In January 2019, the US Postal Service will implement the biggest price jump on stamps in history. The price of a first-class stamp will go from 50 cents to 55 cents. The proposed prices, approved by the Governors of the Postal Service, would raise Mailing Services product prices approximately 2.5 percent. The Governors believe these new rates will keep the Postal Service competitive while providing the agency with needed revenue.
Holy Inflation, Batman!
Although the rate for first-class postage has risen 30 times since its original rate of 6 cents in 1863 (dropping less than a handful of times over that time period) if we kept up with inflation, the price of sending 1oz mail first-class would now be $1.20! Compared with the adjusted rate of 2 cents in 1885, the 55 cent stamp is now right on target, edging just 2 percent ahead of inflation.
Did you know?
Many do not realize that the Postal Service has some of the lowest letter mail postage rates in the industrialized world. And, unlike some other shippers, the Postal Service does not add surcharges for fuel, residential delivery, or regular Saturday or holiday season delivery. Also, did you know that absolutely NO tax dollars are used for operating expenses? The USPS relies solely on the sale of postage, products, and services to fund its operations.
So, what are we paying for?
The Postal Service is the core of the $1.4 trillion U.S. mailing industry that employs more than 7.5 million people, including more than 113,000 military members and veterans. The USPS also supports local and national veteran outreach organizations to help United States Veterans find a secure and stable career at the Postal Service.
We value the leadership, reliability, and high-tech skills veterans bring to the organization, as well as their loyalty and integrity. -United States Postal Service
The hero at your mailbox
You might be surprised to know that postal employees regularly go beyond the call of duty to protect the lives of customers they serve, including older and disabled customers through the Carrier Alert Program. In the Carrier Alert Program, the USPS works with a local sponsoring agency to offer an alert mechanism to elderly and disabled customers. A decal is placed in the participant’s mailbox as a signal to letter carriers to be alert to an accumulation of mail that might signify a sudden illness or accident. In fiscal year 2017, the Postal Service recognized 318 heroic employees.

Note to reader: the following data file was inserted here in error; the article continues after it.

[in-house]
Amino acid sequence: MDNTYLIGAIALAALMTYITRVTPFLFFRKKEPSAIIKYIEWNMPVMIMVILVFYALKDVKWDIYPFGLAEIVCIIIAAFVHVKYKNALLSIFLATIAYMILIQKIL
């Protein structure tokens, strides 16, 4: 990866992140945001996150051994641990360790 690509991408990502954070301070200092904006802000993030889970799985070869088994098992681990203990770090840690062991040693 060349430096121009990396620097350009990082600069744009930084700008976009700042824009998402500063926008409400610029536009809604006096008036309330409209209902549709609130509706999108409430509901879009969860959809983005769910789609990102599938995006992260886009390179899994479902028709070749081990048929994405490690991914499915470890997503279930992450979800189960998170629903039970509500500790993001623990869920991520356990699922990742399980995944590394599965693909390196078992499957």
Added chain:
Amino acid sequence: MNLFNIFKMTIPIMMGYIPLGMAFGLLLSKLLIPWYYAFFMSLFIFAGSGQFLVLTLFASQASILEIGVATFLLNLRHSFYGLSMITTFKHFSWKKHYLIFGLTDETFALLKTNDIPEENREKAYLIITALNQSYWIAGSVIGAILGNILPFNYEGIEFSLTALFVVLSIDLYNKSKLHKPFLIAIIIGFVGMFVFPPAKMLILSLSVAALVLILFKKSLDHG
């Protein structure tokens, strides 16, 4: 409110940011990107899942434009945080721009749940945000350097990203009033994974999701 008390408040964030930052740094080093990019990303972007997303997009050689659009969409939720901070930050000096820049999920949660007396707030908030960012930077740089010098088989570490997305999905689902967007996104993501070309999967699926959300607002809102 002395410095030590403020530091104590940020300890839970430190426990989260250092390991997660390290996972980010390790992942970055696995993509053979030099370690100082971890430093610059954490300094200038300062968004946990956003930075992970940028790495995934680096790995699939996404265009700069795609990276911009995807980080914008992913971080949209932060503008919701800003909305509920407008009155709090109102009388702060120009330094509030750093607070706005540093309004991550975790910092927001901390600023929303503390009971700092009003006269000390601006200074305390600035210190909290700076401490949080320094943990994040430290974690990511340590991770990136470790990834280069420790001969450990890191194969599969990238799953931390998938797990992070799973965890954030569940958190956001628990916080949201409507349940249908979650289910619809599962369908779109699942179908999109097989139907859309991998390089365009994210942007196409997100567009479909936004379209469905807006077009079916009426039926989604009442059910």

Peace of mind
Federal prison is no joke! U.S. Mail is protected by more than 200 federal laws enforced by the Postal Inspection Service, one of the nation's oldest law enforcement agencies. Ever think about taking someone else's mail? Me neither!
The USPS gives back. Every second Saturday in May, letter carriers in more than 10,000 cities and towns across America collect the goodness and compassion of their postal customers, who participate in the National Association of Letter Carriers (AFL-CIO), or NALC, Stamp Out Hunger National Food Drive — the largest one-day food drive in the nation. Led by letter carriers represented by the NALC, with help from rural letter carriers, other postal employees and other volunteers, the drive has delivered more than one billion pounds of food the past 25 years.
With these upcoming changes, and personal budgets as tight as ever, it is easy to lose sight of what exactly those extra cents are paying for. But, once you remember the good that the USPS does for the community, and when that letter from Portland, Oregon journeys to Portland, Maine, then gets hand-delivered by a combat veteran, on a Saturday, during a blizzard, on Christmas Eve -- a few extra cents don't seem so bad, anymore.